“He cried for almost two years on the third of the month when his mother died,” White said. “He slept with me. I would wake up and he would be sweating. He’d be calling for her.”
The only thing White could do for the grieving boy was “love him as much as I could,” she said.
White believes it’s not possible to outlaw abortion, but she said it should at least be regulated to make it less likely that other women will die.
“If a person is going to have one,” she said, “you want them to have a safe one.”
White is also a strong proponent of educating women about the risks involved in the procedure.
“It’s not just pulling a tooth and going home,” she said. “If they go to these places, they could die. They could get mutilated. Something could happen with their body parts that they might not function afterward.”
Nancy Paltell, the Maryland Catholic Conference’s associate director for respect for life, said Maryland abortion clinics have a long history of serious injuries and deaths.
Paltell noted that Steven Brigham, a New Jersey doctor who had lost his medical license in several states and wasn’t licensed in Maryland, brought women into Maryland for late-term abortions at his Elkton clinic because of the state’s lax abortion laws.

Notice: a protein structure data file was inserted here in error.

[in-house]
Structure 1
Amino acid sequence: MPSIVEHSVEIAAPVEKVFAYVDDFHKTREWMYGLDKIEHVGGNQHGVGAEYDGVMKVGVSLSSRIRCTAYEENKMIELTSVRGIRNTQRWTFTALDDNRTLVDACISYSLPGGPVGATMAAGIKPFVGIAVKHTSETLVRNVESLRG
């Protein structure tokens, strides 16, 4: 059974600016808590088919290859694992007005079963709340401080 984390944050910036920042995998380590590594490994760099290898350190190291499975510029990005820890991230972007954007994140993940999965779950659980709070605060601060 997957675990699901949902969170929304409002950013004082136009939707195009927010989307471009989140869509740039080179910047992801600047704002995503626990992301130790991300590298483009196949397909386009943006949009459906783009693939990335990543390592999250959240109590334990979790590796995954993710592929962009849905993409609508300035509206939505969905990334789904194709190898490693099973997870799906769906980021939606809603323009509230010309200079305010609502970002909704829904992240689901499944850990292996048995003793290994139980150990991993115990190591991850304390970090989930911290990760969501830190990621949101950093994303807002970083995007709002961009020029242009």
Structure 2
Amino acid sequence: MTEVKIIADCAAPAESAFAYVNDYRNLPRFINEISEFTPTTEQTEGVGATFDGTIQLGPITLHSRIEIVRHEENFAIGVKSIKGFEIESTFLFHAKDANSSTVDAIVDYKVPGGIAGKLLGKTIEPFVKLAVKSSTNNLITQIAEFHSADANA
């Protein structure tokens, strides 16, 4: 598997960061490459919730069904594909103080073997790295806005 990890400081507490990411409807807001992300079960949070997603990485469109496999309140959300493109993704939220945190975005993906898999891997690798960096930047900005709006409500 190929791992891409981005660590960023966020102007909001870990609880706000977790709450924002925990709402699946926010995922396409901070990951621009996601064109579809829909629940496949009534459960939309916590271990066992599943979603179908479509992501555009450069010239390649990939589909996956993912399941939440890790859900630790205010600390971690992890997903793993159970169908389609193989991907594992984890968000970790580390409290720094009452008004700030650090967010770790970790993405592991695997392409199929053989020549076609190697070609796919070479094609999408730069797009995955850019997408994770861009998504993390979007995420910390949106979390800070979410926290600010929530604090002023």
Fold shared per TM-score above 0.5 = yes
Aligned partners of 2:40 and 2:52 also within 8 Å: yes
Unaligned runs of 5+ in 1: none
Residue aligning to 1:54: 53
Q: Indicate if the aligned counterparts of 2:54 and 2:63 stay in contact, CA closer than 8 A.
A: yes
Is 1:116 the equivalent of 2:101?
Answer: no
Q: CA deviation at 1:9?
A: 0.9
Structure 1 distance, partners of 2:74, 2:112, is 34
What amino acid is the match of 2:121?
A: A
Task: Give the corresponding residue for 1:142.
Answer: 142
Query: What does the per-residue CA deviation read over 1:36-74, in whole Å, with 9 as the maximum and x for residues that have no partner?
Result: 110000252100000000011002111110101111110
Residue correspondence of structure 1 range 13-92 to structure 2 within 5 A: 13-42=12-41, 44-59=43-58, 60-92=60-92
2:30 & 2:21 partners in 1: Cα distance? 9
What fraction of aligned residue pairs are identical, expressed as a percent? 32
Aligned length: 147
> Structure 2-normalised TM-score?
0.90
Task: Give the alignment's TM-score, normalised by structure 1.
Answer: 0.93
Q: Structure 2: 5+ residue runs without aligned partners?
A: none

During an abortion of a 21-week-old fetus, a woman was severely injured at the Elkton center. Because the clinic was not regulated as an ambulatory surgical facility, the bleeding woman was driven to a hospital in a personal vehicle rather than an ambulance.
“The very reason he chose Maryland was because Maryland doesn’t regulate abortion clinics as surgical facilities,” Paltell said. “He couldn’t do it in New Jersey, so he had patients drive 60 miles to Maryland where he knew he would not be subject to these kinds of regulations.”
The regulations that would be called for in the Senate bill would cover basic health and safety issues, Paltell said.
“We’re talking about having a defibrillator, having assistants administer oxygen, having an anesthesiologist there if you’re administering anesthesia, reviewing your protocols, making sure your people are trained,” Paltell said, “All these basic things are covered under ambulatory surgical facility regulations, but are absent from a typical doctor’s office where they are not performing invasive surgery.”